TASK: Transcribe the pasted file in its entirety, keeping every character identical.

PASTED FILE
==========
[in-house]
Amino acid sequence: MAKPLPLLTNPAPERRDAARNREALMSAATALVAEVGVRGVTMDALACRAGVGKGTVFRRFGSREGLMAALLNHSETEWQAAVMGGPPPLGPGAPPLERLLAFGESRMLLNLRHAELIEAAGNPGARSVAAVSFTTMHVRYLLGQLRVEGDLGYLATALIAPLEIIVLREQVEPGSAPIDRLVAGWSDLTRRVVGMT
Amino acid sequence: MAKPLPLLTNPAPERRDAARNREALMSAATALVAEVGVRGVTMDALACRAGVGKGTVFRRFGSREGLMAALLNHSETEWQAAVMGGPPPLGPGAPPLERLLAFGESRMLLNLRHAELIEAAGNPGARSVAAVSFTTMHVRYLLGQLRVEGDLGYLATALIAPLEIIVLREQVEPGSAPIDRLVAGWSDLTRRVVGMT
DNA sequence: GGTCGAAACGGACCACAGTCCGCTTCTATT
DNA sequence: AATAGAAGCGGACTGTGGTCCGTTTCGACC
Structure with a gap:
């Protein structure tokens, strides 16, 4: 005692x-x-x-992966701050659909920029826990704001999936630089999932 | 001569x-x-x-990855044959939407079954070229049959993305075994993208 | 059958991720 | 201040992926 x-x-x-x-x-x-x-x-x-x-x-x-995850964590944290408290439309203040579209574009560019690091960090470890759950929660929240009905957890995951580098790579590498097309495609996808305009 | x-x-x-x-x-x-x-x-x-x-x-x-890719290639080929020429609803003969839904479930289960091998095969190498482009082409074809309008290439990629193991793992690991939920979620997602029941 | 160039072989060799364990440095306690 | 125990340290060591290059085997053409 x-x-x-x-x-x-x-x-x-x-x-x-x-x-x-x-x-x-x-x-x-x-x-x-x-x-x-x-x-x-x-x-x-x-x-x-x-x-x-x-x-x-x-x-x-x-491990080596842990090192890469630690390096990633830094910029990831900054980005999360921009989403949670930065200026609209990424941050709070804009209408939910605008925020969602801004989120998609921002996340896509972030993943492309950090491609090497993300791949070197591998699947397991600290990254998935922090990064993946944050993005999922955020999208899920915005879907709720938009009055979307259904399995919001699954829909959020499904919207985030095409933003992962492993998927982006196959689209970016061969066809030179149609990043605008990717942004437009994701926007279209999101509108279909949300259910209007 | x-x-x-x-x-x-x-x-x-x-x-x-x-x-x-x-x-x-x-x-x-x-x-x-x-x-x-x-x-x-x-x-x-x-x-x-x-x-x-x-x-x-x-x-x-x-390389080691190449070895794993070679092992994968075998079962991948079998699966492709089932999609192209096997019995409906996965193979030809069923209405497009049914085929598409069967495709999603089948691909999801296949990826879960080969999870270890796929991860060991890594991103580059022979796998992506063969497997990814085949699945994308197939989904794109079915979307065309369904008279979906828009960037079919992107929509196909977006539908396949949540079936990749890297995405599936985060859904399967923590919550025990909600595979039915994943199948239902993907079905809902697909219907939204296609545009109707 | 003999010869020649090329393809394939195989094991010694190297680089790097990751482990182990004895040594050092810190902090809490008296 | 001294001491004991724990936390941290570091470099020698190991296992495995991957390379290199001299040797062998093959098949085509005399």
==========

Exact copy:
[in-house]
Amino acid sequence: MAKPLPLLTNPAPERRDAARNREALMSAATALVAEVGVRGVTMDALACRAGVGKGTVFRRFGSREGLMAALLNHSETEWQAAVMGGPPPLGPGAPPLERLLAFGESRMLLNLRHAELIEAAGNPGARSVAAVSFTTMHVRYLLGQLRVEGDLGYLATALIAPLEIIVLREQVEPGSAPIDRLVAGWSDLTRRVVGMT
Amino acid sequence: MAKPLPLLTNPAPERRDAARNREALMSAATALVAEVGVRGVTMDALACRAGVGKGTVFRRFGSREGLMAALLNHSETEWQAAVMGGPPPLGPGAPPLERLLAFGESRMLLNLRHAELIEAAGNPGARSVAAVSFTTMHVRYLLGQLRVEGDLGYLATALIAPLEIIVLREQVEPGSAPIDRLVAGWSDLTRRVVGMT
DNA sequence: GGTCGAAACGGACCACAGTCCGCTTCTATT
DNA sequence: AATAGAAGCGGACTGTGGTCCGTTTCGACC
Structure with a gap:
């Protein structure tokens, strides 16, 4: 005692x-x-x-992966701050659909920029826990704001999936630089999932 | 001569x-x-x-990855044959939407079954070229049959993305075994993208 | 059958991720 | 201040992926 x-x-x-x-x-x-x-x-x-x-x-x-995850964590944290408290439309203040579209574009560019690091960090470890759950929660929240009905957890995951580098790579590498097309495609996808305009 | x-x-x-x-x-x-x-x-x-x-x-x-890719290639080929020429609803003969839904479930289960091998095969190498482009082409074809309008290439990629193991793992690991939920979620997602029941 | 160039072989060799364990440095306690 | 125990340290060591290059085997053409 x-x-x-x-x-x-x-x-x-x-x-x-x-x-x-x-x-x-x-x-x-x-x-x-x-x-x-x-x-x-x-x-x-x-x-x-x-x-x-x-x-x-x-x-x-x-491990080596842990090192890469630690390096990633830094910029990831900054980005999360921009989403949670930065200026609209990424941050709070804009209408939910605008925020969602801004989120998609921002996340896509972030993943492309950090491609090497993300791949070197591998699947397991600290990254998935922090990064993946944050993005999922955020999208899920915005879907709720938009009055979307259904399995919001699954829909959020499904919207985030095409933003992962492993998927982006196959689209970016061969066809030179149609990043605008990717942004437009994701926007279209999101509108279909949300259910209007 | x-x-x-x-x-x-x-x-x-x-x-x-x-x-x-x-x-x-x-x-x-x-x-x-x-x-x-x-x-x-x-x-x-x-x-x-x-x-x-x-x-x-x-x-x-x-390389080691190449070895794993070679092992994968075998079962991948079998699966492709089932999609192209096997019995409906996965193979030809069923209405497009049914085929598409069967495709999603089948691909999801296949990826879960080969999870270890796929991860060991890594991103580059022979796998992506063969497997990814085949699945994308197939989904794109079915979307065309369904008279979906828009960037079919992107929509196909977006539908396949949540079936990749890297995405599936985060859904399967923590919550025990909600595979039915994943199948239902993907079905809902697909219907939204296609545009109707 | 003999010869020649090329393809394939195989094991010694190297680089790097990751482990182990004895040594050092810190902090809490008296 | 001294001491004991724990936390941290570091470099020698190991296992495995991957390379290199001299040797062998093959098949085509005399």